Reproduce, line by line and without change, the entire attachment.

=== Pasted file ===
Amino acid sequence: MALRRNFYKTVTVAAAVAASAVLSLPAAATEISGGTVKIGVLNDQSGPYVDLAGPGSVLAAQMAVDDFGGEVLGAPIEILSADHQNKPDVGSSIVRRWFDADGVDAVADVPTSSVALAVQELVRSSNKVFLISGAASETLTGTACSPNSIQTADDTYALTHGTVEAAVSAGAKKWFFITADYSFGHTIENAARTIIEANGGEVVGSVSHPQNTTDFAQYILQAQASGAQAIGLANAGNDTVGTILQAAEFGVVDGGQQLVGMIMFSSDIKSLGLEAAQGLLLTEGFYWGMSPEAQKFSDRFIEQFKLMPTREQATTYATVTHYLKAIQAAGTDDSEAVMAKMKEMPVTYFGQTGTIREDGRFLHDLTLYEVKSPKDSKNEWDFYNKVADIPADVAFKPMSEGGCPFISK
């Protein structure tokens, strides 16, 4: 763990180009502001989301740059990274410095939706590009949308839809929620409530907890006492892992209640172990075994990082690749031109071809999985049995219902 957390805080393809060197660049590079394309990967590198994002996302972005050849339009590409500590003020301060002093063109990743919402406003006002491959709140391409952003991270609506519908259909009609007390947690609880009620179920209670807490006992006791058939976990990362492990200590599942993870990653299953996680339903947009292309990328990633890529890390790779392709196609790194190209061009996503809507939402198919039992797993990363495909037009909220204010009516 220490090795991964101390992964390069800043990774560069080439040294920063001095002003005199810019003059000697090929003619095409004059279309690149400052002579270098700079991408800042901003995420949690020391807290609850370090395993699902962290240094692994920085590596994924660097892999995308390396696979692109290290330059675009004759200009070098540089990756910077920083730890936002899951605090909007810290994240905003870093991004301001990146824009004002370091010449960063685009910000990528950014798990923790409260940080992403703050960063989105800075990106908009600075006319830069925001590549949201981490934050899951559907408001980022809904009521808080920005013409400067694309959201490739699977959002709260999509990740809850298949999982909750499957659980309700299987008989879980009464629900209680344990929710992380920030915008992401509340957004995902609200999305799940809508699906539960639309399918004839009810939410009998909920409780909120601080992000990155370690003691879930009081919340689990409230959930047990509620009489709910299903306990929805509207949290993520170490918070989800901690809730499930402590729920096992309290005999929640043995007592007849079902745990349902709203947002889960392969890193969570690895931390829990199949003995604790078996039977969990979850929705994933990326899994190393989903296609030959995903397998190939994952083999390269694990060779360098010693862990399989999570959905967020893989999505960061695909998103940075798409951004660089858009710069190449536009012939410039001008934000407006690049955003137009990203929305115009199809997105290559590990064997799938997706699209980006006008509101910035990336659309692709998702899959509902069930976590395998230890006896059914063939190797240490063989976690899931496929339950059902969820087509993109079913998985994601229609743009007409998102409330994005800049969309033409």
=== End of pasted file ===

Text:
Amino acid sequence: MALRRNFYKTVTVAAAVAASAVLSLPAAATEISGGTVKIGVLNDQSGPYVDLAGPGSVLAAQMAVDDFGGEVLGAPIEILSADHQNKPDVGSSIVRRWFDADGVDAVADVPTSSVALAVQELVRSSNKVFLISGAASETLTGTACSPNSIQTADDTYALTHGTVEAAVSAGAKKWFFITADYSFGHTIENAARTIIEANGGEVVGSVSHPQNTTDFAQYILQAQASGAQAIGLANAGNDTVGTILQAAEFGVVDGGQQLVGMIMFSSDIKSLGLEAAQGLLLTEGFYWGMSPEAQKFSDRFIEQFKLMPTREQATTYATVTHYLKAIQAAGTDDSEAVMAKMKEMPVTYFGQTGTIREDGRFLHDLTLYEVKSPKDSKNEWDFYNKVADIPADVAFKPMSEGGCPFISK
């Protein structure tokens, strides 16, 4: 763990180009502001989301740059990274410095939706590009949308839809929620409530907890006492892992209640172990075994990082690749031109071809999985049995219902 957390805080393809060197660049590079394309990967590198994002996302972005050849339009590409500590003020301060002093063109990743919402406003006002491959709140391409952003991270609506519908259909009609007390947690609880009620179920209670807490006992006791058939976990990362492990200590599942993870990653299953996680339903947009292309990328990633890529890390790779392709196609790194190209061009996503809507939402198919039992797993990363495909037009909220204010009516 220490090795991964101390992964390069800043990774560069080439040294920063001095002003005199810019003059000697090929003619095409004059279309690149400052002579270098700079991408800042901003995420949690020391807290609850370090395993699902962290240094692994920085590596994924660097892999995308390396696979692109290290330059675009004759200009070098540089990756910077920083730890936002899951605090909007810290994240905003870093991004301001990146824009004002370091010449960063685009910000990528950014798990923790409260940080992403703050960063989105800075990106908009600075006319830069925001590549949201981490934050899951559907408001980022809904009521808080920005013409400067694309959201490739699977959002709260999509990740809850298949999982909750499957659980309700299987008989879980009464629900209680344990929710992380920030915008992401509340957004995902609200999305799940809508699906539960639309399918004839009810939410009998909920409780909120601080992000990155370690003691879930009081919340689990409230959930047990509620009489709910299903306990929805509207949290993520170490918070989800901690809730499930402590729920096992309290005999929640043995007592007849079902745990349902709203947002889960392969890193969570690895931390829990199949003995604790078996039977969990979850929705994933990326899994190393989903296609030959995903397998190939994952083999390269694990060779360098010693862990399989999570959905967020893989999505960061695909998103940075798409951004660089858009710069190449536009012939410039001008934000407006690049955003137009990203929305115009199809997105290559590990064997799938997706699209980006006008509101910035990336659309692709998702899959509902069930976590395998230890006896059914063939190797240490063989976690899931496929339950059902969820087509993109079913998985994601229609743009007409998102409330994005800049969309033409």